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We’d already resigned ourselves to the fact that there was no way we’d see everything in a day – the gardens are just too big – so we just kept meandering around the perimeter and choosing paths as we went.  It made it much more pleasant, I think.

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Are all botanic gardens required to have one tree that looks like Rafiki’s home?  I think probably.

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This is a gingko tree (it’s not the Rafiki’s home one).  I’ve always liked that name.

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However, in terms of trees, this weirdo takes the cake.  It’s called monkey puzzle, and from afar it looks like something out of a Dr. Seuss book (actually, come to think of it, it would be good pals with Geneseo’s Seuss Spruce!).

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Get a little closer, and you can see where it gets its name.  Even a clever little monkey couldn’t figure out how to climb these spiky suckers!  It was pretty, but also a bit sinister-looking.

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Monkey puzzle is endangered, and native to South America.  I’ve also since found out that there’s a pub in London called The Monkey Puzzle.  I’m planning to visit it and wow the bartenders with my impressive knowledge of botany.

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We made a midday pit stop for lunch in this charmingly-housed café.  Mom, this is where your tulips were!

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We took a team approach to dessert and sampled just about everything they had.  The carrot cake was the unanimous winner (eat it, chocolate ganache! <—food joke) while the sad hazelnut cookie was all but forgotten.

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After lunch, we visited the park’s main event: Kew Palace.  Kew is another of the Historic Royal Palaces, and even though Amity & I originally had high ambitions, we hadn’t made use of our joint membership since October.  It was high time to whip out that card again.

The palace is really more like a big house, set back along the river behind more beds of colorful blossoms.

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These yellow double tulips may have been my favorite of the entire day!

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I loved the vibrant burnt red brick color of the house against the blue sky.  Kew Palace has been rebuilt several times following fires or demolitions, and only recently underwent a ten-year period of refurbishment and historic preservation work, so it was looking especially spiffy.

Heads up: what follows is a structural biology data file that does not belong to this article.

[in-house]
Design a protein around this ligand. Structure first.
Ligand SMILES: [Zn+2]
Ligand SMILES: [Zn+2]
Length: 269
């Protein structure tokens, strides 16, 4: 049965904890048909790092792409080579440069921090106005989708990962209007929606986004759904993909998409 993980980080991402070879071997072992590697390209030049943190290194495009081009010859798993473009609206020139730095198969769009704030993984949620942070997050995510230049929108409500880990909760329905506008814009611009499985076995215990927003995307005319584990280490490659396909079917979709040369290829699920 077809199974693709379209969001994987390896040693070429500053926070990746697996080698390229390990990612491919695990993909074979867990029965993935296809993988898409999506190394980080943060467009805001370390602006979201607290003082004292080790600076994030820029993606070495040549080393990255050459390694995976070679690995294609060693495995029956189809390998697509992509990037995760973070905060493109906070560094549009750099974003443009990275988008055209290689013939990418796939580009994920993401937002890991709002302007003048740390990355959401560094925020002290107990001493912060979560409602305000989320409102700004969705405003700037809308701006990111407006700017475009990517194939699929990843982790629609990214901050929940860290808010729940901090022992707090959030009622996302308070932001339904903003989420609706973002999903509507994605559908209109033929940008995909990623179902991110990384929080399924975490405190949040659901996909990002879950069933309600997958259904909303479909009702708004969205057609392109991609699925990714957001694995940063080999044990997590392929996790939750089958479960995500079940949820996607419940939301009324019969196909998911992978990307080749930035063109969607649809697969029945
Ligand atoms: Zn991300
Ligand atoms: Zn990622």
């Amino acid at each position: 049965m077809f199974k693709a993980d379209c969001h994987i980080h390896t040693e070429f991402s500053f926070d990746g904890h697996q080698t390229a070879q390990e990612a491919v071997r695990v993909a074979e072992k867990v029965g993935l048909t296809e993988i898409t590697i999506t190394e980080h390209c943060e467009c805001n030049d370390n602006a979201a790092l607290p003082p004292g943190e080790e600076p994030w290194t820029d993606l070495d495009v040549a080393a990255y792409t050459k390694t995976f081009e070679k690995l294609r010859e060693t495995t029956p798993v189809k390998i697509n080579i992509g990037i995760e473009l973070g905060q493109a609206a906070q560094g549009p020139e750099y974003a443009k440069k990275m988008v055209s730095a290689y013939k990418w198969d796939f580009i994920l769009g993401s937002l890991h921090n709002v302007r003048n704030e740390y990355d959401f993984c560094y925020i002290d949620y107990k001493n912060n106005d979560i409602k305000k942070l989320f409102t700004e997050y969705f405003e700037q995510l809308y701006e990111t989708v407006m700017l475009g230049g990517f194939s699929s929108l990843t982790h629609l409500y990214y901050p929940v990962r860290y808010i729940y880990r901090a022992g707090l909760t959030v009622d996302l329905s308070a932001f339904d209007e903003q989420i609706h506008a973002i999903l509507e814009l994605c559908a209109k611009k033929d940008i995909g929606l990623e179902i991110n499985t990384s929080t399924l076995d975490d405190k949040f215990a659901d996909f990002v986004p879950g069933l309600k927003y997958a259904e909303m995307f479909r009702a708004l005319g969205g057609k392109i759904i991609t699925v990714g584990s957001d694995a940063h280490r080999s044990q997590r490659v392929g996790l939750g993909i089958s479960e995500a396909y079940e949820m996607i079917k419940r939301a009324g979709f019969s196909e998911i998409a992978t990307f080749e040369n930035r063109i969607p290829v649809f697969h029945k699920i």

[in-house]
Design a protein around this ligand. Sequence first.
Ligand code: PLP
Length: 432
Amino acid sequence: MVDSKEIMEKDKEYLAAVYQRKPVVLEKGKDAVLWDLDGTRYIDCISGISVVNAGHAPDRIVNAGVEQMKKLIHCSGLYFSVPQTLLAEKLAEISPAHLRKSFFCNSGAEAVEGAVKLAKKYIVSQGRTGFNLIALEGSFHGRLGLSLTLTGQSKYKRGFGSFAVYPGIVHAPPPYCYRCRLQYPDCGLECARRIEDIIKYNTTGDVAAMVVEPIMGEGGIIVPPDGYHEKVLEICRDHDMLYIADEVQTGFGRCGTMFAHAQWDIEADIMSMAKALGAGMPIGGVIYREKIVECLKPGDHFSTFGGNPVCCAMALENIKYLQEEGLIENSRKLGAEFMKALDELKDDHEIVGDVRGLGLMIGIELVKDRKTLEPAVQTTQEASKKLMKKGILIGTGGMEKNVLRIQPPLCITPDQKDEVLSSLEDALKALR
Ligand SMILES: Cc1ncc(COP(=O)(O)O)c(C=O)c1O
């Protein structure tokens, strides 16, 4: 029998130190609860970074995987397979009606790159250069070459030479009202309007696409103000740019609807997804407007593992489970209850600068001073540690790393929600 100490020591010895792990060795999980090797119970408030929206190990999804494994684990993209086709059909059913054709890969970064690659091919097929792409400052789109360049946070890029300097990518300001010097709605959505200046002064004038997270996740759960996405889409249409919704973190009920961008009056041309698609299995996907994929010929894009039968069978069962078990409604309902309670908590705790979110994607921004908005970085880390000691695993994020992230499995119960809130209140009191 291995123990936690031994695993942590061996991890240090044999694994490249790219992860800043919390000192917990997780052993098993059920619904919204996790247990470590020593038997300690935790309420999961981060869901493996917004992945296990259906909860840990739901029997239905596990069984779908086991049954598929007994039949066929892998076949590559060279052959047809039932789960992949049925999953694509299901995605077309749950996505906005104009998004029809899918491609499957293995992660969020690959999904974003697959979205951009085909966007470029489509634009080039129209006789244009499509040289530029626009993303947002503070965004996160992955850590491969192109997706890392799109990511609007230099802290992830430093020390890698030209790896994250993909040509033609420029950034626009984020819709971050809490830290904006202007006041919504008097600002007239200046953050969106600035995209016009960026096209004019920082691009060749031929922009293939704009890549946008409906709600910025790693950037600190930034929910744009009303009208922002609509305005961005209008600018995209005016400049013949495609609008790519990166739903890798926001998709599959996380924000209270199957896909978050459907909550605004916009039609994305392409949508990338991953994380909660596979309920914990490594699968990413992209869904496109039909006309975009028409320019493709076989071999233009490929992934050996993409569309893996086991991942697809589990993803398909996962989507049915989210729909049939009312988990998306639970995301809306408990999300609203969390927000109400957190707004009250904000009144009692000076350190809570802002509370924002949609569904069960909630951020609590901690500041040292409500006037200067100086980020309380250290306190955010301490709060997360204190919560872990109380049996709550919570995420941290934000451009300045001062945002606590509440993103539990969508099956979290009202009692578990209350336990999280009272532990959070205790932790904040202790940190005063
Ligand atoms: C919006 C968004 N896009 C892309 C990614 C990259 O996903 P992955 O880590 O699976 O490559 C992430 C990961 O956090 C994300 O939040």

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Inside, they’d left the old original brick and wooden framing exposed, which I thought looked so neat.  It was more minimal in terms of furnishings and exhibits than other palaces and historic royal sites, but I actually preferred it that way.  It felt easier to just enjoy at your own pace and appreciate it for its actual history instead of its modern staging.

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I only had about twenty minutes in the palace itself before I had to rush home to conduct a phone interview for my dissertation research.  I made my quick goodbyes before scampering outside and finding my way back through the park (I’d gotten almost as far from the entrance as possible).

I did stop to have a quick twirl around these larger-than-life thatched mushrooms, though.  It made me feel like I was Alice in Wonderland!

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Finally I made it back to the train station and cast a last, longing glance around, wishing I could stay.  I mean, look at this place.  That guy on the left under the green umbrella was wearing a straw hat and pushing an ice cream cart around.

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Kew Gardens are well worth a visit if you’re in London.  You might be able to see it all in one go if you make a very full day of it, but otherwise, just plan to go back – like me.  I hear Elvis Costello is playing there this summer…

And Mum, I promise I’ll take you next time!

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7 thoughts on “Kew Gardens

    1. It’s huge! I only got to about half of the park. There’s something called the Treetop Walkway that’s about 60ft high and lets you wander through the canopy that I really want to go back for!

      And yep – it’s all about sampling as much as you can 😉 Benefits of eating out with a group!